- Inhale slowly until your lungs are filled to capacity.
- At the end of the inhalation, pause for a count of two.
- Exhale slowly, smoothly and completely. Pause at the end of the exhalation as well.
- When you first begin, don't take too full a breath at once. Start by breathing to the count of four, pausing for the count of two, and exhaling to the count of four.
- During the first week, don't take more than 5-6 deep breaths at one time as this could cause hyperventilation.
- With practice, you will enlarge your lung capacity and be able to inhale more air than you have previously.
If you need more reasons why changing your breathing habits is beneficial for you, here's a summary of what deep breathing can do for you.
Improve the quality of your blood through eliminating toxins and increased oxygenation.
Improve the digestion and assimilation of food through a more efficient stomach and digestive system.
Improve the health and function of the nervous system by increased oxygenation.
Rejuvenate your skin and reduce facial wrinkles.
Improve the function of the abdominal organs and the heart through increased circulation.
Help prevent respiratory problems as the lungs become stronger and more powerful.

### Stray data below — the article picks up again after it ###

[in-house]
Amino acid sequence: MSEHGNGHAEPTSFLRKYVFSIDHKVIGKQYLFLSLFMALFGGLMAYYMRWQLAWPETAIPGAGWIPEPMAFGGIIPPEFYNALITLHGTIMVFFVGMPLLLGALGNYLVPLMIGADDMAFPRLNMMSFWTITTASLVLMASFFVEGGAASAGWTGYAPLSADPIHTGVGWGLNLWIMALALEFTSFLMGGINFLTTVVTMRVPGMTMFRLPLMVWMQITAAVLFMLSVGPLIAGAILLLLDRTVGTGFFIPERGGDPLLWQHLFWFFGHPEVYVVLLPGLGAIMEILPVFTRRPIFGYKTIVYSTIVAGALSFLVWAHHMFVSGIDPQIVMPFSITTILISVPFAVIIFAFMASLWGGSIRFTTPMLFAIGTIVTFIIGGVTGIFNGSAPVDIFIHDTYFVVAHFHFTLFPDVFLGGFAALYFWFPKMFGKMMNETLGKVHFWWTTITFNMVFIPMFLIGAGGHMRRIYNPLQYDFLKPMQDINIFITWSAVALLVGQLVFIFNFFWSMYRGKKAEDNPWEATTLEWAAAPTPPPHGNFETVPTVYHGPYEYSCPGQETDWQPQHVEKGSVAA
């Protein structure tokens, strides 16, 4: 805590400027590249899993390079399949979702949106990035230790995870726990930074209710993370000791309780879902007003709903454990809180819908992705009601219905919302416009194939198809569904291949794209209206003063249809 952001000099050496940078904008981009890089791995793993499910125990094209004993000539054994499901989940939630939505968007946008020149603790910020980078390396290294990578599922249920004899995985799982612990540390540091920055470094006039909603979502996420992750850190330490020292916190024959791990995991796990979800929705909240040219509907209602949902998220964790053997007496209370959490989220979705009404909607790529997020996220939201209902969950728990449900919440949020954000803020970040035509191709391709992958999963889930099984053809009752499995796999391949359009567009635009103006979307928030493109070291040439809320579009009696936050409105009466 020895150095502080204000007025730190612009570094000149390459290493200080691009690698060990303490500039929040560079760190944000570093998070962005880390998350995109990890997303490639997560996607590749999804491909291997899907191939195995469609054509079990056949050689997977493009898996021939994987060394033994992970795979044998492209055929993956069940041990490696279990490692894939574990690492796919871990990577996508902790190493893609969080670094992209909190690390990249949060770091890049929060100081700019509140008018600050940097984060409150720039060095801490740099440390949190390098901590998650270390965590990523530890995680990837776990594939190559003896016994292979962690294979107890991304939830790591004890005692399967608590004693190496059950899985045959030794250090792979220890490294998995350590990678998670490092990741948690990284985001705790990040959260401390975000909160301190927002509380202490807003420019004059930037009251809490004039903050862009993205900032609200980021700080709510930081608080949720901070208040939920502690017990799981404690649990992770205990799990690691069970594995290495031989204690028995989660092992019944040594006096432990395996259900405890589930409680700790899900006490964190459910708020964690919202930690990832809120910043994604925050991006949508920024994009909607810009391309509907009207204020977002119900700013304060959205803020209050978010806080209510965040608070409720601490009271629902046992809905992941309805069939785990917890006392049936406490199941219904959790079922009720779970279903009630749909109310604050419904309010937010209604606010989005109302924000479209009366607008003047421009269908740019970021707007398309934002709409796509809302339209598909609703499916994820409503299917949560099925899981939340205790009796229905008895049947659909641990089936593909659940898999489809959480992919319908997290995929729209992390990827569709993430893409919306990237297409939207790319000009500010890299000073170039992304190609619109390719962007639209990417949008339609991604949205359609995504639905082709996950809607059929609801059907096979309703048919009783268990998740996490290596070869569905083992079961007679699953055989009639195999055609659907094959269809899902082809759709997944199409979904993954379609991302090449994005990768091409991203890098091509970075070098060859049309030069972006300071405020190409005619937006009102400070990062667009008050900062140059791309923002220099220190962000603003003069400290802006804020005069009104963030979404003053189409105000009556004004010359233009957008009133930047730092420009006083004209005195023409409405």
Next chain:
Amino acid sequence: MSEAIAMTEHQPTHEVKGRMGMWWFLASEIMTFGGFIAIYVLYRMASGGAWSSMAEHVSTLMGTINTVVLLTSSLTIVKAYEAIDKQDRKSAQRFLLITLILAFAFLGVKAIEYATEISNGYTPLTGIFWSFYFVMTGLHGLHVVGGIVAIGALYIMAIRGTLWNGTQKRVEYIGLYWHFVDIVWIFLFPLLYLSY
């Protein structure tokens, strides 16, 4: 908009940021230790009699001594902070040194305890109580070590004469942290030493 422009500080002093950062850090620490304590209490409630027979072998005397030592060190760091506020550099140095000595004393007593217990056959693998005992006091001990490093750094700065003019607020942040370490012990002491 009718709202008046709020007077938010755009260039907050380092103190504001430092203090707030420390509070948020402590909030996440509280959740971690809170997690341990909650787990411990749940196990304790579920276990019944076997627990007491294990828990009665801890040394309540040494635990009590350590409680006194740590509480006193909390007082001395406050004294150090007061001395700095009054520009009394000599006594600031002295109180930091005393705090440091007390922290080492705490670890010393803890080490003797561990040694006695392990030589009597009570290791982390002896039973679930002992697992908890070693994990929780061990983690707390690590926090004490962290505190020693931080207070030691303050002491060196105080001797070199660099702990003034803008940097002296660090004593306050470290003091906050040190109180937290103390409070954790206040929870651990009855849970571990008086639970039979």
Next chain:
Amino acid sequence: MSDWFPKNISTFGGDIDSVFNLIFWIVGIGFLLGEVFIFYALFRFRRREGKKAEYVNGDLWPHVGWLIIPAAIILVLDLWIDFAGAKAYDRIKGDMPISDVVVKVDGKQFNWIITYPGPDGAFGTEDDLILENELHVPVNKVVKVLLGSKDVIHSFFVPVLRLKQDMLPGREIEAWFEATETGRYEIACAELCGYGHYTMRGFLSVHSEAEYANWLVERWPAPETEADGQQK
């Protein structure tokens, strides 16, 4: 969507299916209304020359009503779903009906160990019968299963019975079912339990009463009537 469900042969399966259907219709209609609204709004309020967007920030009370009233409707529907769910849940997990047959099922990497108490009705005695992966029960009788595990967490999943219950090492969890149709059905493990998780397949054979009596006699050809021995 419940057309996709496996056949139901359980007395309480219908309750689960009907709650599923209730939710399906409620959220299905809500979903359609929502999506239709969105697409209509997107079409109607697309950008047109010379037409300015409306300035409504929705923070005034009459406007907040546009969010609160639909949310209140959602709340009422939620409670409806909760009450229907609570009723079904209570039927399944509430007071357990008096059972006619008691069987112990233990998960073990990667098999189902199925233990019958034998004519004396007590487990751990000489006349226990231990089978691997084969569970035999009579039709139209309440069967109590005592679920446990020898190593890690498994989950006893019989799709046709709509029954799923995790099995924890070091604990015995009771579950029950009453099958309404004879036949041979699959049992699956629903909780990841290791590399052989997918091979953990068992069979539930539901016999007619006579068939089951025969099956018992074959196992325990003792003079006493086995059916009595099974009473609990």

Reduce blood pressure and helps prevent heart disease as the heart becomes more efficient and stronger and the work load on the heart is reduced.
Assist in weight control as extra oxygen burns excess fat more efficiently.
Reduces stress and promotes relaxation of the mind and body as slow, deep, rhythmic breathing causes a reflex stimulation of the parasympathetic nervous system, which results in a reduction in the heart rate and relaxation of the muscles. Also, oxygenation of the brain tends to normalize brain function, reducing anxiety levels.
This very simple change can make a profound difference in your health, vitality and quality of life. Why not start right now? Sit up straight. Breathe deeply. Now go live a long and healthy life!